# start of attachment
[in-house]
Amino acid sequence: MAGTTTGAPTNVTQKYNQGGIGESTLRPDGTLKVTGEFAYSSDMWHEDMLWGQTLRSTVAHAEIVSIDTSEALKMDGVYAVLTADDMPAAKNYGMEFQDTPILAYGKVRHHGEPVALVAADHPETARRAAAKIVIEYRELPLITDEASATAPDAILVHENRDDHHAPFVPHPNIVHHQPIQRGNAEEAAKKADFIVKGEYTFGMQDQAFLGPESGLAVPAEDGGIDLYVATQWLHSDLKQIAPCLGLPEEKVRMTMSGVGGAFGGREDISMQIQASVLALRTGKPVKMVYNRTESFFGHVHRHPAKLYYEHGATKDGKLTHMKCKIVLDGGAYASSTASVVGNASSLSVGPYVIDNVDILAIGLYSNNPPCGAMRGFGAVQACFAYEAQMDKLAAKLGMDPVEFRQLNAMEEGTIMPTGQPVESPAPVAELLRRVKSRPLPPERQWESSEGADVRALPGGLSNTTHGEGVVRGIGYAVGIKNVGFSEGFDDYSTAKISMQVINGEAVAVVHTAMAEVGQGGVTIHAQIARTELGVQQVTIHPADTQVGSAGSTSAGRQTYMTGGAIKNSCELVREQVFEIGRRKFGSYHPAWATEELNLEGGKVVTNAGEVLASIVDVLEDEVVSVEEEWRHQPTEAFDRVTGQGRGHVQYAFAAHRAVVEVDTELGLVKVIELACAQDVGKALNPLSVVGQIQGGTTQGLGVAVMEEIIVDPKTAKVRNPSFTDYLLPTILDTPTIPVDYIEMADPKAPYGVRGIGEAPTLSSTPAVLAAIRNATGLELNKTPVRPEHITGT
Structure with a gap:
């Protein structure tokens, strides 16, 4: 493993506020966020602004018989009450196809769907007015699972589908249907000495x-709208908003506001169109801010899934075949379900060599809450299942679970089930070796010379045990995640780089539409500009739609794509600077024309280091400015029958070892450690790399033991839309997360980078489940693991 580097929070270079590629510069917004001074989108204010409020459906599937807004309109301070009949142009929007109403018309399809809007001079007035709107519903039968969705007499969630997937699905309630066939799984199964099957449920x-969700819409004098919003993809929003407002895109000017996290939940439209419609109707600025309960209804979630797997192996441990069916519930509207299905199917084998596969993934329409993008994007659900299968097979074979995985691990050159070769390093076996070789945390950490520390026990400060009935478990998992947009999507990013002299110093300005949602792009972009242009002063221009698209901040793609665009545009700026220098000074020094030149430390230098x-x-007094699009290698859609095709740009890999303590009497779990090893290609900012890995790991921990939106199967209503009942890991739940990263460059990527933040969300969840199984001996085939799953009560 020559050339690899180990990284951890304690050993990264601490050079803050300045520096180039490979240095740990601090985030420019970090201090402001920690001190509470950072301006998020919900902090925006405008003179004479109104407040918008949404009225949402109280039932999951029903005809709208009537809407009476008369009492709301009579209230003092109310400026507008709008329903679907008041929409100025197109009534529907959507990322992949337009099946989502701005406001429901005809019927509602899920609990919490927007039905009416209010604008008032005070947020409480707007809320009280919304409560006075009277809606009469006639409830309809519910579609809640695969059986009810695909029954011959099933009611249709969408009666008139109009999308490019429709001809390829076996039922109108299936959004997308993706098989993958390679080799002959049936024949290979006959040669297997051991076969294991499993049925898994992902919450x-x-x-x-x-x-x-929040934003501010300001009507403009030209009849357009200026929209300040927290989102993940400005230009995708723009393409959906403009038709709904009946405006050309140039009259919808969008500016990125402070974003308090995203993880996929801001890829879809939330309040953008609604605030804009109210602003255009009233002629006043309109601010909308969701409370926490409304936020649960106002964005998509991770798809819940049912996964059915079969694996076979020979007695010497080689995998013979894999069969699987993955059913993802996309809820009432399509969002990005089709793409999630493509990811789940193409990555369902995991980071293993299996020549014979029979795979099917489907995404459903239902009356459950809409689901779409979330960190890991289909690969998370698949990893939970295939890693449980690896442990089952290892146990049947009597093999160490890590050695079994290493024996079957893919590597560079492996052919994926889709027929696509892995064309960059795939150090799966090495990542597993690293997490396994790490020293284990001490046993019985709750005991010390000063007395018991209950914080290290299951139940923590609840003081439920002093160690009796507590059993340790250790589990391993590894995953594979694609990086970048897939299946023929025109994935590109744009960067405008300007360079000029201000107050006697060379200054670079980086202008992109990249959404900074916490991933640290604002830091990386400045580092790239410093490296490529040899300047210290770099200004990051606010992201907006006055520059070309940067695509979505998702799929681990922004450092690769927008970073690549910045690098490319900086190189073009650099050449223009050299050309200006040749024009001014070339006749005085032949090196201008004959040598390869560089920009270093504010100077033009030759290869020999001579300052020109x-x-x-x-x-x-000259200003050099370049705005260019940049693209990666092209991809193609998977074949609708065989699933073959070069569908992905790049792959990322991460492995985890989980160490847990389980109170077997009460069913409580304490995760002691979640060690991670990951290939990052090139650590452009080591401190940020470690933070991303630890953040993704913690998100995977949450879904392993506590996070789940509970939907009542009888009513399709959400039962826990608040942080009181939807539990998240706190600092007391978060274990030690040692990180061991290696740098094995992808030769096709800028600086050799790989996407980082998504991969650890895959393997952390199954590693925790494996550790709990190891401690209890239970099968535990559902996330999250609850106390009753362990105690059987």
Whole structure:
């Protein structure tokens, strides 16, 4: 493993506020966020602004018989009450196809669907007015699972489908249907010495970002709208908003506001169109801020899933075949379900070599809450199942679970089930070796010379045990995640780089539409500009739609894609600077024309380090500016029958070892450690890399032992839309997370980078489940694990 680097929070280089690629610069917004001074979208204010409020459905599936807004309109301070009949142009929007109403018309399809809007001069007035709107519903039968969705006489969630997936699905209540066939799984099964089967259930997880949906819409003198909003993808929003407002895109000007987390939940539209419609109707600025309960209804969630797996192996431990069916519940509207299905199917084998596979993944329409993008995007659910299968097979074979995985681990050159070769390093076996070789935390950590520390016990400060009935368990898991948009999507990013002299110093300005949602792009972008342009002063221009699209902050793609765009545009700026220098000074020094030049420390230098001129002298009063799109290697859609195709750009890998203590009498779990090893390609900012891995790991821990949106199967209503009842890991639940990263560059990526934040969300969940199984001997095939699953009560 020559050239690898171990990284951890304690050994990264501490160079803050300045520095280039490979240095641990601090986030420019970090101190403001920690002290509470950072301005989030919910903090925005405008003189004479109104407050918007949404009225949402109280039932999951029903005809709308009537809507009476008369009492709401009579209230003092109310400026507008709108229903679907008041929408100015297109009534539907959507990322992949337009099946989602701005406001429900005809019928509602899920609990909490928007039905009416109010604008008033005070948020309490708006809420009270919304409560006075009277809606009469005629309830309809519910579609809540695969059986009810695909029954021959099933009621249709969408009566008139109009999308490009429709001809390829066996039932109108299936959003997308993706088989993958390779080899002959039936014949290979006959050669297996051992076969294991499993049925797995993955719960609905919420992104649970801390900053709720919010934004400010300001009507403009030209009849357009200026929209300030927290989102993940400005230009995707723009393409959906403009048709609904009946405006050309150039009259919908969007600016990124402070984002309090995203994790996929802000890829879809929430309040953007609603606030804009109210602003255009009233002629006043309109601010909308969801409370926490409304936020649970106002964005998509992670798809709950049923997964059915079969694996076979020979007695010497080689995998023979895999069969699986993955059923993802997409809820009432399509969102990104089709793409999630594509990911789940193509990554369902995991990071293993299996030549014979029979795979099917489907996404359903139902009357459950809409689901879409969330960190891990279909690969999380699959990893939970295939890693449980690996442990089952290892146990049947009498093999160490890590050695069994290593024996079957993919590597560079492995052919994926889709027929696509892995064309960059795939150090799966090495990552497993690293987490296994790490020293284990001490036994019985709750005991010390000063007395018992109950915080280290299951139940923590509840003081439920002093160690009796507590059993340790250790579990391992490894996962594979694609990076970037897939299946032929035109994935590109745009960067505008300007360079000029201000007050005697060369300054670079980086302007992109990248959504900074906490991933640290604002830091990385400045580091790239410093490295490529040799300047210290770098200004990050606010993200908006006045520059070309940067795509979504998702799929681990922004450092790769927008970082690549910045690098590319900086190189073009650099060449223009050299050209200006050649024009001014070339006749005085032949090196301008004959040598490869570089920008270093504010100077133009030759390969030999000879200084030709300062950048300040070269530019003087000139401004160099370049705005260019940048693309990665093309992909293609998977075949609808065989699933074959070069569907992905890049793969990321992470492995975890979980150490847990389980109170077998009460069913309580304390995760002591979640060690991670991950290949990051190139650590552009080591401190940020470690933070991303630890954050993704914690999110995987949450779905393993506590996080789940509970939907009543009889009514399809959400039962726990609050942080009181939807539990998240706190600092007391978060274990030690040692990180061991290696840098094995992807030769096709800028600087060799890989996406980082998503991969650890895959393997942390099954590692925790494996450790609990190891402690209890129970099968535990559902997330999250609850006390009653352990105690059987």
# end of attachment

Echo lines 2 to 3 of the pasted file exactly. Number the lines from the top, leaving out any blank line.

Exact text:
Amino acid sequence: MAGTTTGAPTNVTQKYNQGGIGESTLRPDGTLKVTGEFAYSSDMWHEDMLWGQTLRSTVAHAEIVSIDTSEALKMDGVYAVLTADDMPAAKNYGMEFQDTPILAYGKVRHHGEPVALVAADHPETARRAAAKIVIEYRELPLITDEASATAPDAILVHENRDDHHAPFVPHPNIVHHQPIQRGNAEEAAKKADFIVKGEYTFGMQDQAFLGPESGLAVPAEDGGIDLYVATQWLHSDLKQIAPCLGLPEEKVRMTMSGVGGAFGGREDISMQIQASVLALRTGKPVKMVYNRTESFFGHVHRHPAKLYYEHGATKDGKLTHMKCKIVLDGGAYASSTASVVGNASSLSVGPYVIDNVDILAIGLYSNNPPCGAMRGFGAVQACFAYEAQMDKLAAKLGMDPVEFRQLNAMEEGTIMPTGQPVESPAPVAELLRRVKSRPLPPERQWESSEGADVRALPGGLSNTTHGEGVVRGIGYAVGIKNVGFSEGFDDYSTAKISMQVINGEAVAVVHTAMAEVGQGGVTIHAQIARTELGVQQVTIHPADTQVGSAGSTSAGRQTYMTGGAIKNSCELVREQVFEIGRRKFGSYHPAWATEELNLEGGKVVTNAGEVLASIVDVLEDEVVSVEEEWRHQPTEAFDRVTGQGRGHVQYAFAAHRAVVEVDTELGLVKVIELACAQDVGKALNPLSVVGQIQGGTTQGLGVAVMEEIIVDPKTAKVRNPSFTDYLLPTILDTPTIPVDYIEMADPKAPYGVRGIGEAPTLSSTPAVLAAIRNATGLELNKTPVRPEHITGT
Structure with a gap: